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The experience was a learning experience of a different breed, learning by doing rather than by regurgitating information, as is common of classroom settings. I worked amongst top academics whose knowledge, ability, and experience far surpassed my own, in an environment where people work long, productive hours at their own will and implementation. As an outreach intern, one of my main tasks was to turn their research on various intervention areas – microfinance, climate change, and water and sanitation – into 45-minute presentations for use in their various international chapters. I learned a lot simply by reading and fleshing out the information on each topic, and became comfortable presenting to and taking comments from people more informed than myself. I also was (and continue to be) in charge of their social media pages, finding relevant content online to share with their followers and engaging those who express interest. It was a good way to familiarize myself with the latest in development news and to convey poverty information in catchy ways.

Yet much of what I gained came from the atmosphere and work conditions, unexpected takeaways that make me incalculably more prepared to make substantive change. With few full-time employees there was a lot of flexibility to do the type and amount of work I wanted, a blessing or a curse depending on how the flexibility is used. It would’ve been easy to cut days short, to get distracted and do other things, or to deviate from the public image they’re trying to promote. Flexibility in college is one thing, as your action (or inaction) directly reflects on yourself through your grades and impacts your future career options. But my actions here reflected not just on me but on the organization, and impacted their prospects and ultimately those of the people they are trying to help. It was therefore more necessary to perform well, yet arguably easier not to do so.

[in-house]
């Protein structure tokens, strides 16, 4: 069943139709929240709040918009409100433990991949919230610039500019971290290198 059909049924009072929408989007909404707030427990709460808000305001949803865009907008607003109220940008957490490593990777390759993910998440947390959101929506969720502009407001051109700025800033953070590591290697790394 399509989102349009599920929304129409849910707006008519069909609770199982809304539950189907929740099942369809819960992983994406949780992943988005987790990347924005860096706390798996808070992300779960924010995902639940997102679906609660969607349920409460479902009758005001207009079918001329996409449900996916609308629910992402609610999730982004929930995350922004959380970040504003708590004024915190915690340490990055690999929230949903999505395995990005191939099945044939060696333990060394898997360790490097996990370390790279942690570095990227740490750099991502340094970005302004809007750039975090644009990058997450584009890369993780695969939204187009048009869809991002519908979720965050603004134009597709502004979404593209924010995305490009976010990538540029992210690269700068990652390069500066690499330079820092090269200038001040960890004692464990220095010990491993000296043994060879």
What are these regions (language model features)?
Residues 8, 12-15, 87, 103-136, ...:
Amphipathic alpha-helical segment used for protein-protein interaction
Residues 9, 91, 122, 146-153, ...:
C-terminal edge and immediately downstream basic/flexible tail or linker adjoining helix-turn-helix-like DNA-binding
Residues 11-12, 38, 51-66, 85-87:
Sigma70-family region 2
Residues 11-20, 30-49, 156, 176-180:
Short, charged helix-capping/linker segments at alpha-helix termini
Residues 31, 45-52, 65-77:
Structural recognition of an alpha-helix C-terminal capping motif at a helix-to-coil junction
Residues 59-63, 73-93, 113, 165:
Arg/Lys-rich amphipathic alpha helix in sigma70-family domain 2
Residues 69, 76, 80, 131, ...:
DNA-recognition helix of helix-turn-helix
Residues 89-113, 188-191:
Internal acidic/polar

This is where the learning came in. I felt out the line between taking initiative and taking inappropriate liberties. I became my personal taskmaster, admitting to myself when I was slacking or trying to take on too much. I sought out my niche skills and played on those, realizing that I was more useful doing what I do best than aspiring to simply follow in the footsteps of others.

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Outside the internship directly I attended a couple of related conferences and networking socials where I learned to adapt my conversational approach and the thoughts I expressed to the person at hand. I also travelled throughout England and bits of Europe where I acquired a slew of “adult” skills: coordinating travel plans, sending difficult emails, monitoring tight budgets, you name it. And I discovered things about myself as a promoter of their work, that, for instance, I would prefer to work directly on helping others than to earn lots of money in the for-profit sector and donate it where it does the most, or that soft skills that I considered rather generic can actually be significant value adds in quant-heavy communities. I learned, too, to enjoy tea-sipping, queen-loving England, that is, to adapt to the words and mannerisms of a surprisingly different culture.

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Engaged learning to me means more than memorizing textbooks. It means purposefully entering a new and different environment and adapting to the changes. It means feeling out intuitive understandings and acting on what you learn. It even means doing bad Google searches when you think of things you’d like to know but can’t put into words. If I’d gone into this internship simply looking to cultivate my outreach skills I frankly would have been disappointed, as I could’ve done, and do, a fair bit of that at home. But I fought for the difficult, expensive ride instead, and found that embracing the difficult and the expensive changes are what have made me better prepared to convert from being a change-espouser to a true changemaker.